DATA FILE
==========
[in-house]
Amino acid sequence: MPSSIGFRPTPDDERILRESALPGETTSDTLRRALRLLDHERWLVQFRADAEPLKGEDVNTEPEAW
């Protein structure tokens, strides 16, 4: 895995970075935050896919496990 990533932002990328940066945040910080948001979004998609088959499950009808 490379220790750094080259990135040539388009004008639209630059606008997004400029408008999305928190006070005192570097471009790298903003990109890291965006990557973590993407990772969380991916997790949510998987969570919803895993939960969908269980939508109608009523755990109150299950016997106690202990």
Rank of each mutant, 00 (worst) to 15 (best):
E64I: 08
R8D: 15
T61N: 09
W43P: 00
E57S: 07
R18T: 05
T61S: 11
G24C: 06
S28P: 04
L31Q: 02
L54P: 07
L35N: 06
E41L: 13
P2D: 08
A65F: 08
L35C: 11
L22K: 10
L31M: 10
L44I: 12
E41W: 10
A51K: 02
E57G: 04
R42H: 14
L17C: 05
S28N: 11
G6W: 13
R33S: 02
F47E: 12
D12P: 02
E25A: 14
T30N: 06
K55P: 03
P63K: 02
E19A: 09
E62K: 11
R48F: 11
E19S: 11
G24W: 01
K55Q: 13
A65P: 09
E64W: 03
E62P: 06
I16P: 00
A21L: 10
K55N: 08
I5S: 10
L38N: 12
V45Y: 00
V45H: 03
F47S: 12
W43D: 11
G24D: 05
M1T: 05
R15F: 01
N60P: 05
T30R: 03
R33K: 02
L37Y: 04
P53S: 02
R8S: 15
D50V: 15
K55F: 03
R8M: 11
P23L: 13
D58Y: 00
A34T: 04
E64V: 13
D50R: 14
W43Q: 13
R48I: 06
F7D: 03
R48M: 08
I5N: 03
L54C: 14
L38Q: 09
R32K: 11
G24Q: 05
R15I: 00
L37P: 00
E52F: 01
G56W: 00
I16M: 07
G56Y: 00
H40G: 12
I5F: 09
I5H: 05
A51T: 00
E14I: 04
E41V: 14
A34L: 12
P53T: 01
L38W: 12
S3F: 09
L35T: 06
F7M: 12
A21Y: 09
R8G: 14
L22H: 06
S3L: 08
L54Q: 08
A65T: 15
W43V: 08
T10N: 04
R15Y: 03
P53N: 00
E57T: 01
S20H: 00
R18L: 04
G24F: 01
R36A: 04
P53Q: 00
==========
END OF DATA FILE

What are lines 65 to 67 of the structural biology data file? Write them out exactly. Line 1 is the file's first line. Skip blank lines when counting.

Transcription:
D50V: 15
K55F: 03
R8M: 11